Why you can't learn philosophy from quotes

I went on Twitter the other day.

For purely research purposes.

I keep hearing that, if you know how to use it right, you can make great connections and build an audience.

I don't see it.

Every time I go there, all I see is a cheap traveling carnival overflowing with junk to tickle the lowest and most base parts of the brain. It's like promising you a sit-down six course meal with filet mignon only to hand you a greasy wrapper full of cotton candy.

Maybe I'm just not good at entertaining people, or writing platitudes, or appealing to the demographics that consume tweets.

But the app does have one purpose.

If you need to take a quick pulse of what's trending out there in the mass mind, few things match it.

Case in point, I did a search on "philosophy". Filtering for tweets that got decent engagement, based on replies and likes.

I found a thread promising 12 quotes from Aristotle.

Cool, I like Aristotle.

I don't want to spoil you. But I was disappointed.

It was 12 one-liners. Zero context.

Most of them weren't even Aristotle's quotes.

I'm not an expert on Aristotle, you understand. But unlike most of the internet, I have read his major works and even put them to work in scholarly writings.

Aristotle's writing has a feel to it. A solid 8-9 of these quotes didn't pass the sniff test.

Thread was on fire, though. The comments were magical.

"Wow bro great value!"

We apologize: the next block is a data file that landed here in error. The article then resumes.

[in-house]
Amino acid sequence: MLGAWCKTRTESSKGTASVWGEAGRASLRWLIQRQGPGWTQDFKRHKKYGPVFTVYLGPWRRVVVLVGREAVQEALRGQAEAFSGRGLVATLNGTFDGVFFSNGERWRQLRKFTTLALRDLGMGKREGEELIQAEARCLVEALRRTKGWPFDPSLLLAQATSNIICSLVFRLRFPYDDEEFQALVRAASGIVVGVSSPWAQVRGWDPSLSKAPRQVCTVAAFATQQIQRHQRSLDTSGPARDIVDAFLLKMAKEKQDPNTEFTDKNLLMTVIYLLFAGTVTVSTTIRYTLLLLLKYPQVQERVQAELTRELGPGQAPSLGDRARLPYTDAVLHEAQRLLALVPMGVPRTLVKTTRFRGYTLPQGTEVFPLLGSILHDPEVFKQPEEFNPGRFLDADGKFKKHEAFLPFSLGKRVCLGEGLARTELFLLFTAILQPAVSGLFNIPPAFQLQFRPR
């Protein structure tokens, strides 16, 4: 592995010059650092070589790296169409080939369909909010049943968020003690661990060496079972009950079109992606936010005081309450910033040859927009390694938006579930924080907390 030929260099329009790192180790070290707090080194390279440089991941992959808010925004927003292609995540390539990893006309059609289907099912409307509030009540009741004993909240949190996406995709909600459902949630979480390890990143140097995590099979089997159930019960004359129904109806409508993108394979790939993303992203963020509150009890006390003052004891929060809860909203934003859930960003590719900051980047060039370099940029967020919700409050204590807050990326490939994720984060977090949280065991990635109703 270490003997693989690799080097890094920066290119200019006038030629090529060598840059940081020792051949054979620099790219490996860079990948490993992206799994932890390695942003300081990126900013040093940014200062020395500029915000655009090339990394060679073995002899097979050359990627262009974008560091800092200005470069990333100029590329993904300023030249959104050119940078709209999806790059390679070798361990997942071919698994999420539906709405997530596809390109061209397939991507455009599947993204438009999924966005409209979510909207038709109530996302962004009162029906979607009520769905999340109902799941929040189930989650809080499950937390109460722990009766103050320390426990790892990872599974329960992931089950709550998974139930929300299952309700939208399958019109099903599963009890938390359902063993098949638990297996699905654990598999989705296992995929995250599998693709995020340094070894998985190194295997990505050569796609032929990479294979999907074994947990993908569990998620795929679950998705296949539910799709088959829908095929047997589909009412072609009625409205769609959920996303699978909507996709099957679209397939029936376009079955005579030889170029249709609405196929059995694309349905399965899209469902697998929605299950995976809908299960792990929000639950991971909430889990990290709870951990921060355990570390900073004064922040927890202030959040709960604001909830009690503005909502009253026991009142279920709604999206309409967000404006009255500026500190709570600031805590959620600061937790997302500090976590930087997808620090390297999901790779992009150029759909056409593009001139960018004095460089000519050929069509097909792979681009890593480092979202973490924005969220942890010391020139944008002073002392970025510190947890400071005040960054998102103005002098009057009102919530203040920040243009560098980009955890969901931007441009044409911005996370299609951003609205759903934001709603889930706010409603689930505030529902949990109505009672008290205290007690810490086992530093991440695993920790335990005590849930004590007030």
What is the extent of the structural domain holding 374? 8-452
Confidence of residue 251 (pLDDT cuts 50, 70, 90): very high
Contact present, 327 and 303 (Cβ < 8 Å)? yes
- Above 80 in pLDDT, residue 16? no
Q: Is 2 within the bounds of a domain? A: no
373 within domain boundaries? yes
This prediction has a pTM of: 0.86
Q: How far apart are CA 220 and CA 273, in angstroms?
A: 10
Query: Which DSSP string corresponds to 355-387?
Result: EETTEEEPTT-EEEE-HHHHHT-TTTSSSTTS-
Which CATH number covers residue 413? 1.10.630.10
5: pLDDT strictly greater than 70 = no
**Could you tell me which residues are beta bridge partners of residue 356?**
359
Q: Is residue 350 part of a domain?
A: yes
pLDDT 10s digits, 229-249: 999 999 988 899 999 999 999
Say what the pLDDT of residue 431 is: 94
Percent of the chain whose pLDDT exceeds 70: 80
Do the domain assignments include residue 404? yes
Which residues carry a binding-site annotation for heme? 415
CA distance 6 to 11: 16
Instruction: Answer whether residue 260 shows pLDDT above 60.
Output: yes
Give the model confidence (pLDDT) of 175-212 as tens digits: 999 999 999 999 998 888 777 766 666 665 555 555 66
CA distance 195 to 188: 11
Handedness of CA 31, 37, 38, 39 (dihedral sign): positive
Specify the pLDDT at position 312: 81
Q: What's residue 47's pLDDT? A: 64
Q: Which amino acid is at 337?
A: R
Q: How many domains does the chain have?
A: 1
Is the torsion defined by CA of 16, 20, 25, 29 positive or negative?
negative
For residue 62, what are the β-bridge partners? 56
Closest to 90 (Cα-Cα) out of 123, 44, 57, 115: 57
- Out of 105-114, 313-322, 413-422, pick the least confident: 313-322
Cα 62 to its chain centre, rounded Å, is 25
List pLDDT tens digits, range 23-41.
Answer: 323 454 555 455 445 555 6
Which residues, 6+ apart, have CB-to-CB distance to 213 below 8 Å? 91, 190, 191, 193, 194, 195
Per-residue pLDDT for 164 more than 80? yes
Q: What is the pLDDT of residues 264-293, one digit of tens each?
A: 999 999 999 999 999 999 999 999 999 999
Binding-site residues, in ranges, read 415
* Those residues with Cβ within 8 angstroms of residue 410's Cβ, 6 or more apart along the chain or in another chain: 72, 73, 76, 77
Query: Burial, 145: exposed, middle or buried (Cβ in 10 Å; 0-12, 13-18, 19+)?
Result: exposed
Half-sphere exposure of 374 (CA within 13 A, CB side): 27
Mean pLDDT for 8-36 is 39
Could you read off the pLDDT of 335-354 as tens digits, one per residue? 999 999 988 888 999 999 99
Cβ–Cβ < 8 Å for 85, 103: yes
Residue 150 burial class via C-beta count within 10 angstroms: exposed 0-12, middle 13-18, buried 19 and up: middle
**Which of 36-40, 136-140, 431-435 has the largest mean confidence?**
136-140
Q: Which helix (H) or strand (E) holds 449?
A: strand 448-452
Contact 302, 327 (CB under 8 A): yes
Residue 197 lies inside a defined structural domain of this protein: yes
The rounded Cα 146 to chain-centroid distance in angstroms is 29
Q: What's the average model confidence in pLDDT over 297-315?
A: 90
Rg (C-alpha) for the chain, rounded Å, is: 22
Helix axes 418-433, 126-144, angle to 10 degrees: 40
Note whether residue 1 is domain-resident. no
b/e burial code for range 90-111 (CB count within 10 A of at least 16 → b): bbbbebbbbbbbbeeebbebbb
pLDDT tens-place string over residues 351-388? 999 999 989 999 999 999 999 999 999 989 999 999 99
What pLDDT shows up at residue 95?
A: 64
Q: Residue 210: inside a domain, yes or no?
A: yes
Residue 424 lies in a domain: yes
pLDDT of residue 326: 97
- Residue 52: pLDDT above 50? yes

"I feel smarter!"

"So much wisdom!"

Look, you can call me a snob all you want. You wouldn't even be wrong.

But that mindworm that says, relax, don't worry, people are getting value!!! is hokum and bunkum.

"Bro don't be one of those nerds, people got value out of those quotes."

If that's your reaction, re-evaluate your life.

What value do you get out of a pack of lies?

Plus, quote pr0n is not wisdom.

"Yeah bro sweet quote" is not educational or transformative.

Believing that you learned something because you read a quote misttributed to a great thinker is next level self-deception.

It's also the worst kind of laziness and impatience.

Even worse than those dudes that memorize a list of logical fallacies and think they're smart now.

Let this be today's lesson:

Not all value is in the mind of the beholder.

Be good & take it easy.

Matt Perryman

PS I'm doing a video this Friday for member of my Night's Gate group. If for some mind-defying reason you aren't a member yet, and you want access, click here: